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admiration battle beautiful blessed born cause century character close dead DEAR ANTONY death deep displayed earth eloquence emotions Empire England English English prose expression face faith fall father feel field followed France freedom give glorious glory greatest hand head heart heaven honour hope House human hundred King land language less letters light literature living look Lord lost loving old G. P. master mean memory ment mind moving nature never noble once passage passed perfect perhaps present prose quote race reached remain rest reverence rising seemed seen side speak speech spirit splendid stand strength style sure sweet thee things thou thought thousand tion touch true turned utterances voice whole wonderful writers written wrote
Page 106 - I STROVE with none, for none was worth my strife; Nature I loved, and next to Nature, Art; I warmed both hands before the fire of life; It sinks, and I am ready to depart.
Page 176 - Now we are engaged in a great civil war testing whether that nation, or any nation so conceived and so dedicated, can long endure. We are met on a great battlefield of that war. We have come to dedicate a portion of that field as a final resting-place for those who here gave their lives that that nation might live. It is altogether fitting and proper that we should do this.
Page 62 - Having carried on my work thus far with so little obligation to any favourer of learning, I shall not be disappointed though I should conclude it, if less be possible, with less; for I have been long wakened from that dream of hope, in which I once boasted myself with so much exultation, My Lord, Your Lordship's most humble Most obedient servant, SAM. JOHNSON.
Page 74 - Death, that hath suck'd the honey of thy breath, Hath had no power yet upon thy beauty: Thou art not conquer'd; beauty's ensign yet Is crimson in thy lips and in thy cheeks, And death's pale flag is not advanced there.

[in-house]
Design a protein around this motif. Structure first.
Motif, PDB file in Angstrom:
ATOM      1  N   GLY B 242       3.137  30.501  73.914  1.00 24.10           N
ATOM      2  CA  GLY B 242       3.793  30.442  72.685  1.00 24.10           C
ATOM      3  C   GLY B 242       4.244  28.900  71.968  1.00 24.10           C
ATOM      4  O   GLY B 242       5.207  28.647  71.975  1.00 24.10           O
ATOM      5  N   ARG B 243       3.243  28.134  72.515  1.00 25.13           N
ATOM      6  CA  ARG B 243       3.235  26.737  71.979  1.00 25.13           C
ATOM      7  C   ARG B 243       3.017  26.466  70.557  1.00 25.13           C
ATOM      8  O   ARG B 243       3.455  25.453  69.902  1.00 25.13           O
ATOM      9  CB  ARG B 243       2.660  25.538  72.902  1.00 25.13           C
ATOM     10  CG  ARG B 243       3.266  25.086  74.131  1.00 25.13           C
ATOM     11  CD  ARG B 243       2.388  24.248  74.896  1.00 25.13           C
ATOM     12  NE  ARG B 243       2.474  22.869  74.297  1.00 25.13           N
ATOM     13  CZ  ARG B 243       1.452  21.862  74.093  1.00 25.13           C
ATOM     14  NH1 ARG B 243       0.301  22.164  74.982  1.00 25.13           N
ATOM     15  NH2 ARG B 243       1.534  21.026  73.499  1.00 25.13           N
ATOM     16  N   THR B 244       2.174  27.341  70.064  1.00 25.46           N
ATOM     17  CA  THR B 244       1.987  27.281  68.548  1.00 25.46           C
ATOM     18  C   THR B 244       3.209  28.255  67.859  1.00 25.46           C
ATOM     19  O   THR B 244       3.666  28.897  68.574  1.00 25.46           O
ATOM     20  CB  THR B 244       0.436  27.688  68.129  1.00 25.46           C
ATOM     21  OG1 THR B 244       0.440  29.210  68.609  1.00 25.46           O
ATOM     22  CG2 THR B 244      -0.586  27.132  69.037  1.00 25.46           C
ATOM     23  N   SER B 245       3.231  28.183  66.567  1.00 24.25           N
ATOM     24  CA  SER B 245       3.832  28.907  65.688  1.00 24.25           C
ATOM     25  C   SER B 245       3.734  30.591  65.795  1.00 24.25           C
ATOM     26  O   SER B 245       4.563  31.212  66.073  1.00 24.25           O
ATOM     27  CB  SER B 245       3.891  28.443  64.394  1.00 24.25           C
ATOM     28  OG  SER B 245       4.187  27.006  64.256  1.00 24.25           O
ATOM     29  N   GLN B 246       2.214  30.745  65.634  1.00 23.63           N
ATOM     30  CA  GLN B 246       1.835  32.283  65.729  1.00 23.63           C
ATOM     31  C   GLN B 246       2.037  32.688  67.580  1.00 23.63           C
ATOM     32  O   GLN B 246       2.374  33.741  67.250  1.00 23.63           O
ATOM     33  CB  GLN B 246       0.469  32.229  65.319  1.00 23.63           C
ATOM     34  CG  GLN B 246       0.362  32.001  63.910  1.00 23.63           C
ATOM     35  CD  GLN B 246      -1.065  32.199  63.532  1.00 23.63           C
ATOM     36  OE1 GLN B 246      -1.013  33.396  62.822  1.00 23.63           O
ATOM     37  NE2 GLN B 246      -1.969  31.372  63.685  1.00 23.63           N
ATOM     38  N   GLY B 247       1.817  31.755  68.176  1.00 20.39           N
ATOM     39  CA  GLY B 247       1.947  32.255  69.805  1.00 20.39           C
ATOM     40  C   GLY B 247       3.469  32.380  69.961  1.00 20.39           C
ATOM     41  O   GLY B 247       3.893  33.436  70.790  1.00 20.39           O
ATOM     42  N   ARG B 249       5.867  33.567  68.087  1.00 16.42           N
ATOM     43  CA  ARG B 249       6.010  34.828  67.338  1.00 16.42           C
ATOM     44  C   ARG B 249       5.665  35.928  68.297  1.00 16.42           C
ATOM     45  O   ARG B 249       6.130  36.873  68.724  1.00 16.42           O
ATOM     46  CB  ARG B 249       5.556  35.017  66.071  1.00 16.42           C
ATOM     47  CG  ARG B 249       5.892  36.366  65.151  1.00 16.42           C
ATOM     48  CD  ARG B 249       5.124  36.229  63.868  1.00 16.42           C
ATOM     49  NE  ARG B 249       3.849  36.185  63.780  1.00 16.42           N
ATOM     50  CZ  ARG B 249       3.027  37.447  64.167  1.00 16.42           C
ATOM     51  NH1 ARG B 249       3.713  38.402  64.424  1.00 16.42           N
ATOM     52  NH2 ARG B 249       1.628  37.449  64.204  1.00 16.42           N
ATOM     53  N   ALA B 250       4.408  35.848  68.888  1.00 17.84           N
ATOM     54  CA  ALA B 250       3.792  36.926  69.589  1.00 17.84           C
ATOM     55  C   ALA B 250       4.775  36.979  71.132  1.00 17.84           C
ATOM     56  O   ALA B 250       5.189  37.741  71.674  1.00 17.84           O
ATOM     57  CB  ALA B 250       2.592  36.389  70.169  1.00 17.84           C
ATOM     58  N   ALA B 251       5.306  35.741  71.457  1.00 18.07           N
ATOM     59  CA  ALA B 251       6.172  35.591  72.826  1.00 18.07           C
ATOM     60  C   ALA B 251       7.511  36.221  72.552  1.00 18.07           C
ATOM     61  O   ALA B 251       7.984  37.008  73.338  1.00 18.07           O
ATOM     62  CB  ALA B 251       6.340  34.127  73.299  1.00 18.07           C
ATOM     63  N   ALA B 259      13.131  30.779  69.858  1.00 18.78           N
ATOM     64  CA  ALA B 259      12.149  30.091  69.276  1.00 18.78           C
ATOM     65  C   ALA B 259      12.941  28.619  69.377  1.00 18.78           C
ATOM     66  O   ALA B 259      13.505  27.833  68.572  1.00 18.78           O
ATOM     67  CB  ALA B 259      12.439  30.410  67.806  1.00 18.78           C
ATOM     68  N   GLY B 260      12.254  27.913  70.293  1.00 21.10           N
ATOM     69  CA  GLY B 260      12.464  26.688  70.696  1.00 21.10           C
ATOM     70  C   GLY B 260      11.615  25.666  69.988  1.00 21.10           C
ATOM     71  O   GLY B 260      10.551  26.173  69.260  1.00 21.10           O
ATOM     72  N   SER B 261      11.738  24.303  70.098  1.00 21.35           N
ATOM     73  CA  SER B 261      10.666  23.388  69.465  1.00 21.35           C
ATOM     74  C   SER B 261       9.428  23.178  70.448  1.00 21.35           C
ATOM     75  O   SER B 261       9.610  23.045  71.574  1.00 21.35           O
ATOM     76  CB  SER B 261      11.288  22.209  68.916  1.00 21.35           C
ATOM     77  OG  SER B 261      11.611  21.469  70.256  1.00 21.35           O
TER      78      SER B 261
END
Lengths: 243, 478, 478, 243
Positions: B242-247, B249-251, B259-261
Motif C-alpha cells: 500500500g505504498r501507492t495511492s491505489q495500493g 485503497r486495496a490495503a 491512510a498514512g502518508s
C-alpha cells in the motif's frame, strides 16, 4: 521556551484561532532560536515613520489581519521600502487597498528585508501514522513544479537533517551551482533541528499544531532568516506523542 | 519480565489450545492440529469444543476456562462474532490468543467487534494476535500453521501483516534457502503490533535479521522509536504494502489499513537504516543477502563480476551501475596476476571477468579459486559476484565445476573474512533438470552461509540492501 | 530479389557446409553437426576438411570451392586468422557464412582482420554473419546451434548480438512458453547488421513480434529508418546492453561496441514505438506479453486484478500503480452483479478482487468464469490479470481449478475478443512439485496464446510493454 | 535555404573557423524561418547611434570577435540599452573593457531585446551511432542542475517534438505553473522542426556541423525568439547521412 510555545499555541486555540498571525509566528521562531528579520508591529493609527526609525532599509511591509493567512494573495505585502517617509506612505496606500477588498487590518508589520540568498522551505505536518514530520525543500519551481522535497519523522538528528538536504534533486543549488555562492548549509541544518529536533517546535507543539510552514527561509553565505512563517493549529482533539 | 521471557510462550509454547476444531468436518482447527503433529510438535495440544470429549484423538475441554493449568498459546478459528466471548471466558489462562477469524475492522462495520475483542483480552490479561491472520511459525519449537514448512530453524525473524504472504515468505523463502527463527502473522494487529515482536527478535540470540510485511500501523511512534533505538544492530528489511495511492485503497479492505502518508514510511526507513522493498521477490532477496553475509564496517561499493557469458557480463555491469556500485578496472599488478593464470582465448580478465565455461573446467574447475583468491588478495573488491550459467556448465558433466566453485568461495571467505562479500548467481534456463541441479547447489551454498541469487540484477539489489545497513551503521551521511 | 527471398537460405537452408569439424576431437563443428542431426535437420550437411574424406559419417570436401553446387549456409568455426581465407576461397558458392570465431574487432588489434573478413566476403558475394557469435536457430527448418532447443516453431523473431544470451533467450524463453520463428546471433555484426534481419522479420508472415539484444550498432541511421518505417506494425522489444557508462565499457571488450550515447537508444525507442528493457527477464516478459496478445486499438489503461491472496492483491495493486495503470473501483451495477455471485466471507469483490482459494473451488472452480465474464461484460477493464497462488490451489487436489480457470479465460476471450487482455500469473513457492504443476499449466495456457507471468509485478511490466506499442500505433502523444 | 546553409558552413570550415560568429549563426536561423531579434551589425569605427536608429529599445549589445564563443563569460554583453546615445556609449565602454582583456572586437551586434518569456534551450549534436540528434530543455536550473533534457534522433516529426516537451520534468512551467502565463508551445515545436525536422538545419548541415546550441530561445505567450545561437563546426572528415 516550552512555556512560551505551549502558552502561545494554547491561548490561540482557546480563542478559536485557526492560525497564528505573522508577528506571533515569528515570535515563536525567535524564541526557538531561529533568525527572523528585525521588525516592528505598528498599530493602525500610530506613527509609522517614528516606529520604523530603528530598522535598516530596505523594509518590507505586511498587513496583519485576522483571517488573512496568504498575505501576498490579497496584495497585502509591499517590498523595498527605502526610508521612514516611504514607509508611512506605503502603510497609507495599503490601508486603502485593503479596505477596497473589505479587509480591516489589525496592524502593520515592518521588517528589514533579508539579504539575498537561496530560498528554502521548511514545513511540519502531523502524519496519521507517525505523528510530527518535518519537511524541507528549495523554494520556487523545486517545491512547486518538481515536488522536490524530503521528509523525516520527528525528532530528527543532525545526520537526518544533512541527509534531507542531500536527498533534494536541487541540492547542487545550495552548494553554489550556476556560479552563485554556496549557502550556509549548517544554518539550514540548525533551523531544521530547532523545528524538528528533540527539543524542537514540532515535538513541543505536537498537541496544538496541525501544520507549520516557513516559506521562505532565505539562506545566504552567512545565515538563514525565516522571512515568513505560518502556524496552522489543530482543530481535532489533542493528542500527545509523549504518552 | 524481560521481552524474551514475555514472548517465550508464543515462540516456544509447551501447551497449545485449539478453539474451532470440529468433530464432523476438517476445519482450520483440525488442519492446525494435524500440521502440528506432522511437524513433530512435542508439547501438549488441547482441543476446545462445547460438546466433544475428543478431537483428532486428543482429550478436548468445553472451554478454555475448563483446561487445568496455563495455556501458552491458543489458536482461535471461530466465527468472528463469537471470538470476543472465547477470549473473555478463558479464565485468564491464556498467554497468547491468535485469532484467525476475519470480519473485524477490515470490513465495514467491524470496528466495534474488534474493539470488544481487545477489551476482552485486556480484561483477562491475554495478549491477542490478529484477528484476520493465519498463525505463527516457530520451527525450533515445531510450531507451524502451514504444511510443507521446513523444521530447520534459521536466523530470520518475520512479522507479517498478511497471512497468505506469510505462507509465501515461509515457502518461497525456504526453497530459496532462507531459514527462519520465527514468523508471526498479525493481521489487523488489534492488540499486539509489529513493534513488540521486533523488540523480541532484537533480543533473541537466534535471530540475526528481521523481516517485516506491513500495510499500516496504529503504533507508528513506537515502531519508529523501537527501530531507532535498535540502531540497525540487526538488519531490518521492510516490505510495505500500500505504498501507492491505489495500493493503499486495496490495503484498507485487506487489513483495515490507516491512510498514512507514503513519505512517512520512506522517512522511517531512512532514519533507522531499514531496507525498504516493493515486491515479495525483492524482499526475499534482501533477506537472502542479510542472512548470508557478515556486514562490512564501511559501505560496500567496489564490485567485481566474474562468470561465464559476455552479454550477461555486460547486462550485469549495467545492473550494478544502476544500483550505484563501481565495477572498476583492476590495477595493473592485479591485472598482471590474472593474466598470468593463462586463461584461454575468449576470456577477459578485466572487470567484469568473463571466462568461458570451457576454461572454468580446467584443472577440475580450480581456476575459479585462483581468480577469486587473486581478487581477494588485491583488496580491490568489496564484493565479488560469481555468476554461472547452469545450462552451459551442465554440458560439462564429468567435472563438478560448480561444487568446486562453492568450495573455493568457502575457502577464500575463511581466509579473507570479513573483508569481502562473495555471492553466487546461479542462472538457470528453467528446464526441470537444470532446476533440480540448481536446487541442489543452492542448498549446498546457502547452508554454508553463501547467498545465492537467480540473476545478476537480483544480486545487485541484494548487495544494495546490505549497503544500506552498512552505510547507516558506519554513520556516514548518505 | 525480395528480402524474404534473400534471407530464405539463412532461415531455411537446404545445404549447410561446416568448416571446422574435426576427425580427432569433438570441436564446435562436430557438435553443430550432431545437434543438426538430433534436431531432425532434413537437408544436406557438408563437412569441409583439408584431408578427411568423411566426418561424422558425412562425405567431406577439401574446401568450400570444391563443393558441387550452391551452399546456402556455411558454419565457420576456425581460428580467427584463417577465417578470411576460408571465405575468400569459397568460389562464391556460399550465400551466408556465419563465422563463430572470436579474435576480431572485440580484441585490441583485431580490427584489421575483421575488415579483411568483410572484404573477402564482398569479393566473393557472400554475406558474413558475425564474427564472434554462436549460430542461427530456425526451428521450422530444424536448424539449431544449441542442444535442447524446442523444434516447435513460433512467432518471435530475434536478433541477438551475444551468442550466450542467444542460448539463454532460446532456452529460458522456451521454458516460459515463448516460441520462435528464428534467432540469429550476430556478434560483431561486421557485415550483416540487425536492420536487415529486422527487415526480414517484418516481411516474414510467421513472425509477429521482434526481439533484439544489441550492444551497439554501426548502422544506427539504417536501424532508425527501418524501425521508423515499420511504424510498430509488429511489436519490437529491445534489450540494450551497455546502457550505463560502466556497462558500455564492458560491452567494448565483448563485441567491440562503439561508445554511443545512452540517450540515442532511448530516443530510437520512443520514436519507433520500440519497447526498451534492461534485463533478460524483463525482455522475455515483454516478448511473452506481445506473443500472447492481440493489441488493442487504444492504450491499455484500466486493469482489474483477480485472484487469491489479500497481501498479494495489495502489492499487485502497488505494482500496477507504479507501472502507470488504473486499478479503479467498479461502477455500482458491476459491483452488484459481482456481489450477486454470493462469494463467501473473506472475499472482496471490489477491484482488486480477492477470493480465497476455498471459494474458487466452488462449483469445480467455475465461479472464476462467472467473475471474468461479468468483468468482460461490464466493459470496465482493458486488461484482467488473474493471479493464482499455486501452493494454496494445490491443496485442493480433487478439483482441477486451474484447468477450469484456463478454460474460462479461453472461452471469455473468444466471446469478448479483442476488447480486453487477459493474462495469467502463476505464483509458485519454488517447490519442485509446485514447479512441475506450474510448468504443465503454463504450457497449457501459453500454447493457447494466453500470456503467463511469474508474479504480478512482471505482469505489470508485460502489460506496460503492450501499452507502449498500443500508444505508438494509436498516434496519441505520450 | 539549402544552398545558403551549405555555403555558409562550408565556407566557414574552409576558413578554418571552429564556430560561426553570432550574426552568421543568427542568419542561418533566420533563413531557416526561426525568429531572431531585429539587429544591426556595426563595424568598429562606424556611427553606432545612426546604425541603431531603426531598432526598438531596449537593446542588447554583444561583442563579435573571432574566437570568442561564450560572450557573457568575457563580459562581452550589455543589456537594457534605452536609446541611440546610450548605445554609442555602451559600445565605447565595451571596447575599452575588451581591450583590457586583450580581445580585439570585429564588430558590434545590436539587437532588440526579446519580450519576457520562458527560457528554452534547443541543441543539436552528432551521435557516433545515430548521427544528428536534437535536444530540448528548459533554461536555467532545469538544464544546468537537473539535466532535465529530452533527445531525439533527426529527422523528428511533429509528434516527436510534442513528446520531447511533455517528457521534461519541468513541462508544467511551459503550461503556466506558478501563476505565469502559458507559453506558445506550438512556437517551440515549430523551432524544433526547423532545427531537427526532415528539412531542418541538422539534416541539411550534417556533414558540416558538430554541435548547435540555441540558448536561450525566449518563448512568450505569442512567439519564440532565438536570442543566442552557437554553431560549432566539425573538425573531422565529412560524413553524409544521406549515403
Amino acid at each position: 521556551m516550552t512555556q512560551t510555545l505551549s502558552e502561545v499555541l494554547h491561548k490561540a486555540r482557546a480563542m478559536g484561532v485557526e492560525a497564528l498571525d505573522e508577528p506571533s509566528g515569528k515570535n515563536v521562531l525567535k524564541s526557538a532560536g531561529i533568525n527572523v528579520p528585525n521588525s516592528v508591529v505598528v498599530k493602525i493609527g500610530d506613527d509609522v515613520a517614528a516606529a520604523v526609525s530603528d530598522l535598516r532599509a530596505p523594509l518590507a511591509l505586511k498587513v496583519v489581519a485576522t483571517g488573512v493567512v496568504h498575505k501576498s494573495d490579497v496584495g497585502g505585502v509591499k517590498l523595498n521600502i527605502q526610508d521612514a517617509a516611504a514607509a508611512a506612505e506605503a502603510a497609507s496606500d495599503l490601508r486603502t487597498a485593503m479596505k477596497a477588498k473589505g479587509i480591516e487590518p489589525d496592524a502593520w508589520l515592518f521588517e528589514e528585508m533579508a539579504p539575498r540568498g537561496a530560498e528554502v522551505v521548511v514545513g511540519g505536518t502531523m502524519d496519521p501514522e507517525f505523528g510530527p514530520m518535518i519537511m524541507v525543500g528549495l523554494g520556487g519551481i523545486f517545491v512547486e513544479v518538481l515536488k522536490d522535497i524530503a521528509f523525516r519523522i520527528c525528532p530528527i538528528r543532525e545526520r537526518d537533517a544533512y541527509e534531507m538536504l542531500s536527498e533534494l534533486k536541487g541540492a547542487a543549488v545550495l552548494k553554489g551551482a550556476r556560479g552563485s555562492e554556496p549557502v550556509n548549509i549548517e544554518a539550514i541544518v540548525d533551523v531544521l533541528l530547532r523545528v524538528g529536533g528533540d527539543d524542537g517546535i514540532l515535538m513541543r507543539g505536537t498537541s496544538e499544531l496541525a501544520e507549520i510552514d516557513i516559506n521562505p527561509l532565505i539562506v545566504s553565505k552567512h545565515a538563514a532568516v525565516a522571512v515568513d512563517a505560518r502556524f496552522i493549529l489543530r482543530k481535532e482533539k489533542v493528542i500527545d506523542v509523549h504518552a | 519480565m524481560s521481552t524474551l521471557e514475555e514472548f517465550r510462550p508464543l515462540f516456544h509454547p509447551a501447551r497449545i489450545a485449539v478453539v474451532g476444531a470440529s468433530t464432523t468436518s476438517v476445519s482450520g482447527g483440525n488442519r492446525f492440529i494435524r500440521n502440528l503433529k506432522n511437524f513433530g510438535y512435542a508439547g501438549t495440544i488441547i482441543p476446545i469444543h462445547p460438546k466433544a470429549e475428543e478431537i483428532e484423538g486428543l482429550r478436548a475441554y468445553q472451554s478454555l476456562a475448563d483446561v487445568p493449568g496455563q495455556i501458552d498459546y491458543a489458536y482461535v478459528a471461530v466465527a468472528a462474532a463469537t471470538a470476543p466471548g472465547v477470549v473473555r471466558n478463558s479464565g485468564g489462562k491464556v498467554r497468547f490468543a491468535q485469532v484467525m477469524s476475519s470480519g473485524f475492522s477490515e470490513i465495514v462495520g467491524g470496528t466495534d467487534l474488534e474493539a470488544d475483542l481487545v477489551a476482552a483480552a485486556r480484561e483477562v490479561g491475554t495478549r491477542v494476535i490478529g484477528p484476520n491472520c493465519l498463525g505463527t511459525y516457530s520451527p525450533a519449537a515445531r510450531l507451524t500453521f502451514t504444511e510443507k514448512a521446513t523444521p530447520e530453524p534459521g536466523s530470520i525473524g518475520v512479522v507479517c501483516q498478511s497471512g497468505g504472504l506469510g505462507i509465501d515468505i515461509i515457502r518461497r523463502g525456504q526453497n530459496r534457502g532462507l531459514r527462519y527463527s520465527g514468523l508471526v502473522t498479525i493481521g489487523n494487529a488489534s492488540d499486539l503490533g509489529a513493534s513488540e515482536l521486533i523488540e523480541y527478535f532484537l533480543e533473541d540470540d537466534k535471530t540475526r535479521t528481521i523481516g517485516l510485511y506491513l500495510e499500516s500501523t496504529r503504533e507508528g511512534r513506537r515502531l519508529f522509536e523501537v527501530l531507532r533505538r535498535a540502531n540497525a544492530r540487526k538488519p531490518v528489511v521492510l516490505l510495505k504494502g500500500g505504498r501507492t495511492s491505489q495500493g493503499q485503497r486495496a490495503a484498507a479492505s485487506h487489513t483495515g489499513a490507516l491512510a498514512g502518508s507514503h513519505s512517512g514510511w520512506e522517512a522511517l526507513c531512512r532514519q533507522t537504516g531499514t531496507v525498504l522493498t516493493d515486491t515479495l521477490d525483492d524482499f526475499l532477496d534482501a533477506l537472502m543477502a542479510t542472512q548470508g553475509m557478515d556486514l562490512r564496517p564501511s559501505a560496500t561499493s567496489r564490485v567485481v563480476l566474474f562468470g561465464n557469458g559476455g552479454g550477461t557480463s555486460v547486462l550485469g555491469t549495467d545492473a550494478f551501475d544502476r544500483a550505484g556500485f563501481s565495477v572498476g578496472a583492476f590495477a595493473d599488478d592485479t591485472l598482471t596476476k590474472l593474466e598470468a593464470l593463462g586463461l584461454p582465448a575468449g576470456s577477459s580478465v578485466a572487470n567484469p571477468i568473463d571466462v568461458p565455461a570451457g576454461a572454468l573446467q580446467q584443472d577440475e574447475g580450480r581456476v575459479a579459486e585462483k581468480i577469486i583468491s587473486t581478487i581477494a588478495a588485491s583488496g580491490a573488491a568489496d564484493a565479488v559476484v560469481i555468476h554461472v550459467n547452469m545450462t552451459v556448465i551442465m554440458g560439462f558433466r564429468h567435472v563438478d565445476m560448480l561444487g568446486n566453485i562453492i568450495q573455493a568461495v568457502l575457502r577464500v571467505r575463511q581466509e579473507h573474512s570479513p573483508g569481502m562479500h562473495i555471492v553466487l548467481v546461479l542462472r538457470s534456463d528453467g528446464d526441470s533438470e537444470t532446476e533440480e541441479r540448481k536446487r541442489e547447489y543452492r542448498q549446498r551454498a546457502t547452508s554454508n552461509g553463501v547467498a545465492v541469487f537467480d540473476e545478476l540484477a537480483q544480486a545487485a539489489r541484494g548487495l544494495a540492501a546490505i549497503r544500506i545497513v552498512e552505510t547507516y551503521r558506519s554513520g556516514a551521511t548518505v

Page 66 - It is gone, that sensibility of principle, that chastity of honour which felt a stain like a wound, which inspired courage whilst it mitigated ferocity, which ennobled whatever it touched, and under which vice itself lost half its evil by losing all its grossness.
Page 8 - ... a blush In the midst of brown was born, Like red poppies grown with corn. Round her eyes her tresses fell ; Which were blackest none could tell, But long lashes veiled a light That had else been all too bright. And her hat, with shady brim, Made her tressy forehead dim ; — Thus she stood amid the stocks, Praising God with sweetest looks : — Sure, I said, Heaven did not mean Where I reap thou shouldst but glean ; Lay thy sheaf adown and come, Share my harvest and my home.
Page 169 - There the historian of the Roman empire thought of the days when Cicero pleaded the cause of Sicily against Verres, and when, before a senate which still retained some show of freedom, Tacitus thundered against the oppressor of Africa.
Page 34 - Many a man lives a burden to the earth ; but a good book is the precious lifeblood of a master-spirit embalmed and treasured up on purpose to a life beyond life.
Page 23 - I have of late (but, wherefore, I know not) lost all my mirth, foregone all custom of exercises : and, indeed, it goes so heavily with my disposition, that this goodly frame, the earth, seems to me a sterile promontory ; this most excellent canopy, the air, look you — this brave o'erhanging firmament, this majestical roof fretted with golden fire — why, it appears no other thing to me than a foul and pestilent congregation of vapours.
Page 31 - Darkness and light divide the course of time, and oblivion shares with memory a great part even of our living beings ; we slightly remember our felicities, and the smartest strokes of affliction leave but short smart upon us. Sense endureth no extremities, and sorrows destroy us or themselves.